Heart-healthy eating

February is American Heart Month. During the month of February, Optum Medical Network will post weekly articles on keeping your heart healthy.

Food For the Heart

Heart-healthy eating involves more than slashing fat and cholesterol. Learn what foods may help keep you healthy.

Eating well is an excellent way to help protect your heart. More than one third of Americans have either cardiovascular disease or high blood pressure, or both. Having a healthy diet and lifestyle helps reduce the chance of developing those deadly diseases.

It’s important to eat a variety of nutrient-rich foods. Guidelines for heart health encourage people to eat a diet that emphasizes vegetables, fruits, whole grains, and includes low-fat dairy, poultry, fish, legumes, nontropical vegetable oils and nuts. Experts also recommend that people limit sodium, sweets, sugary beverages and red meats.

Here are some suggestions for putting these recommendations into practice:

Vegetables, fruits, whole grains, fiber

  • 1. Aim to fill half your plate with fruits and vegetables.
  • 2. Color is a good — dark green, red and orange vegetables are especially nutritious.
  • 3. Your vegetables can be raw or cooked; fresh, frozen, canned or dried; whole, cut-up or mashed.
  • 4. Your fruits can be fresh, canned, frozen or dried; whole, cut-up or pureed.
  • 5. Don’t forget beans and peas which have fiber and protein. They can be dry, canned or frozen.
  • 6. Make at least half your grains whole for more fiber and nutrients. Eat less refined grains.

Lean meats, poultry, fish, dairy

  • 1. With poultry, choose light meat over dark meat. Light meat is leaner. Either way, don’t forget to take off the skin.
  • 2. Pick “choice” or “select” grades of beef. Buy “round” or “loin” cuts of beef or pork. Cut off the visible fat before eating.
  • 3. Eat fish or shellfish at least twice a week. Salmon, trout, oysters and herring are good choices because they are high in healthy omega-3 fatty acids and lower in mercury. (Note: pregnant women are advised to eat 8 to 12 ounces of seafood each week. Avoid tilefish, shark, swordfish and king mackerel, which are high in mercury. White albacore tuna has less mercury, but pregnant women should limit it to 6 ounces per week.)
  • 4. Use fat-free or low-fat milk, cheese and yogurt.

Oils and healthy fats

  • 1. Limit your intake of saturated fats. Experts recommend people aim for an eating pattern where 5 percent to 6 percent of calories come from saturated fats. Saturated fats are in red meat, bacon, poultry skin, butter and high-fat dairy.
  • 2. Lower the percentage of calories that you get from saturated fats. You may replace the saturated fat with polyunsaturated fats, monounsaturated fats and carbohydrates (preferably whole grains instead of refined carbohydrates). Polyunsaturated fats are in soybean and corn oils, salmon, trout and flaxseed. Avocados, nuts, olive and canola oil are good sources of monounsaturated fats.
  • 3. Lower the percentage of calories that you get from trans fats. Trans fats can be synethic or natural. Synthetic trans fats are found in partially hydrogenated oils used in some margarines, snack foods and prepared desserts. Natural trans fats are found in meat and milk products.

Eating plans like the DASH (Dietary Approaches to Stop Hypertension) dietary pattern, the American Heart Association diet or the U.S. Department of Agriculture food pattern all fit the bill. The USDA food pattern offers options for people who are lacto-ovo vegetarian or vegan.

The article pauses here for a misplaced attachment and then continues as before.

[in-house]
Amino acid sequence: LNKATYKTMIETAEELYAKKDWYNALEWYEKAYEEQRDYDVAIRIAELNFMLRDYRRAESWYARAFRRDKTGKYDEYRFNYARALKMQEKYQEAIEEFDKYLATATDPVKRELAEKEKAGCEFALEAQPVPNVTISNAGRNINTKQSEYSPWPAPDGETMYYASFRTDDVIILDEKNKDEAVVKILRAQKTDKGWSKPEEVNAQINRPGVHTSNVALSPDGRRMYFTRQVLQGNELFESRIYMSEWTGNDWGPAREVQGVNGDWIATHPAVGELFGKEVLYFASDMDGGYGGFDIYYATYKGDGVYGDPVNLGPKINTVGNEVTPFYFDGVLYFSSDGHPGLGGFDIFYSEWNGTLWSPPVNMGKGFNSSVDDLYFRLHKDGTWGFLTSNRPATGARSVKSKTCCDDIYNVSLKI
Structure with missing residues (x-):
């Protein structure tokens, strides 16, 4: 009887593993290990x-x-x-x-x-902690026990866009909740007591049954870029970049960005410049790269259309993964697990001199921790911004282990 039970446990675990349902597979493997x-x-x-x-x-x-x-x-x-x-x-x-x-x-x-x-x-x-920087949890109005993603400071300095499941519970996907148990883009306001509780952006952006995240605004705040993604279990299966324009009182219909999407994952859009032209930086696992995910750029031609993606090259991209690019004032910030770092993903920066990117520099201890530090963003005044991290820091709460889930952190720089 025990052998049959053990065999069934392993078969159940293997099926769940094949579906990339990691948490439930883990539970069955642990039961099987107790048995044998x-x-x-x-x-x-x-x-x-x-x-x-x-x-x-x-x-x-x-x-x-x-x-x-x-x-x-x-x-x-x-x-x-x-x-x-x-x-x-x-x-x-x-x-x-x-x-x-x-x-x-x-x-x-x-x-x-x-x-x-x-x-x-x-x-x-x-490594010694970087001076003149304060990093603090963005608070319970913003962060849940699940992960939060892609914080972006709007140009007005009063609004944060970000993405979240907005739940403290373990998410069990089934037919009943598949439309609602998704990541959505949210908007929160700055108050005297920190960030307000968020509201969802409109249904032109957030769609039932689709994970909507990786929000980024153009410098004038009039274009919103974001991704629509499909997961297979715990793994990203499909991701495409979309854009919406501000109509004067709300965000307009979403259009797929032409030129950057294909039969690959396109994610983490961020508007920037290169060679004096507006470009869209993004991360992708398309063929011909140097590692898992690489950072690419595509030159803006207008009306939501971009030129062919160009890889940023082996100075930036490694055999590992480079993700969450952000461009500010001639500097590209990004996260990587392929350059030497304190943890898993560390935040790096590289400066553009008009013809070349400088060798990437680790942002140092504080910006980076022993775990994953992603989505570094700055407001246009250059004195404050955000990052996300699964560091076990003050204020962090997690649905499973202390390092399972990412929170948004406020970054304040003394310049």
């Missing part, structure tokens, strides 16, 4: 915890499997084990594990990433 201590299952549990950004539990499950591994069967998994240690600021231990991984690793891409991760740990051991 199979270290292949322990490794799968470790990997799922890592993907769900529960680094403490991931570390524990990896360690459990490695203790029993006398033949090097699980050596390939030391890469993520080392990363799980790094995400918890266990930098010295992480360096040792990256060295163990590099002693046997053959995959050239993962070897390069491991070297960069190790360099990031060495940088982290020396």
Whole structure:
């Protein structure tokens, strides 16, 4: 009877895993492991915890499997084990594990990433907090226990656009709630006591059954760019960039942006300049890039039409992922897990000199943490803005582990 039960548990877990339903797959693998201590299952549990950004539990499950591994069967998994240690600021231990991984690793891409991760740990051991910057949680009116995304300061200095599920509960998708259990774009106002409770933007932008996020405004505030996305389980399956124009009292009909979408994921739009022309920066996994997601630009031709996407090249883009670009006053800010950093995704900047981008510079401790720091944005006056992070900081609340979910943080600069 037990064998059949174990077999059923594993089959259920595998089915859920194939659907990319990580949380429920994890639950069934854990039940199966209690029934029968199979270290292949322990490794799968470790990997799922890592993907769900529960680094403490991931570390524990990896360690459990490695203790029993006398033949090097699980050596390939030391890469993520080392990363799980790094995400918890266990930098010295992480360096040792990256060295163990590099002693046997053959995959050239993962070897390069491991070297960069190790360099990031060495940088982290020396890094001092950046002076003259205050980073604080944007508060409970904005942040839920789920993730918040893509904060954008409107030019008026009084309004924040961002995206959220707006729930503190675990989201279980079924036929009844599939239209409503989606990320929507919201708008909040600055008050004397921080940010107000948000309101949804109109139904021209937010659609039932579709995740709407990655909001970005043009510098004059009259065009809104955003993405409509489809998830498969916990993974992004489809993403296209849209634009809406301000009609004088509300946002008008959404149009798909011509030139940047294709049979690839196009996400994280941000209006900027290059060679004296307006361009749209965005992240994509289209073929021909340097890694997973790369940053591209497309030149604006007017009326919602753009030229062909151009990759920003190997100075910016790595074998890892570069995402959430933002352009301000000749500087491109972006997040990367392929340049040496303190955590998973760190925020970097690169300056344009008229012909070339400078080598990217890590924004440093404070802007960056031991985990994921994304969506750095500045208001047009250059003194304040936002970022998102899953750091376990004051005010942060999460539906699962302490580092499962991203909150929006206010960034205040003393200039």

Conversely, cut back on foods that don’t offer much nutrition or may increase the risk of developing certain chronic conditions. Experts advise watching your intake of:

  • 1. Added sugar Most of the sugar in typical American diets are added during processing, preparation or at the table. They help preserve the food or make it taste better. But they also add calories with little nutritional value or fiber
  • 2. Sodium. Most Americans consume more sodium than they need. Sodium is added mainly during the preparation, preservation of foods or at the table. Current dietary guidelines call for Americans to consume less than 2,300 mg of sodium daily. People who are over age of 50, or are African American or have high blood pressure, diabetes or chronic kidney disease shguld aim for 1,500 mg of sodium a day.
  • 3. Solid fats. Most fats with a high percentage of saturated fat or trans fat are solid at room temperature. That’s why they’re called “solid fats.” These include butter, lard, stick margarine and shortening. They add a lot of calories to the diet.
  • 4. Alcohol. If you choose to drink, do so in moderation. That means up to a drink a day for women and up to two drinks a day for men. Some people should not use alcohol at all. Talk with your doctor if you have questions about alcohol use — or have difficulty drinking in moderation.

By John Welsh, Contributing Writer


  • 1. U.S. Department of Agriculture. Dietary guidelines for Americans 2010. Accessed: 12/10/2014
  • 2. Eckel JM, Jakicic JD, Ard VS, et al. 2013 AHA/ACC Guideline on lifestyle management to reduce cardiovascular risk: a report of the Amreican College of Cardiology and the American Heart Association task force on practice guidelines. Circulation. Accessed: 12/10/2014
  • 3. ChooseMyPlate.gov. Healthy eating tips. Accessed: 12/10/2014

The information provided is for general informational purposes only and is not intended to be medical advice or a substitute for professional health care. You should consult an appropriate health care professional for your specific needs and to determine whether making a lifestyle change or decision based on this information is appropriate for you. Some treatments mentioned may not be covered by your health plan. Please refer to your benefit plan documents for information about coverage.

Copyright © 2015 myOptumHealth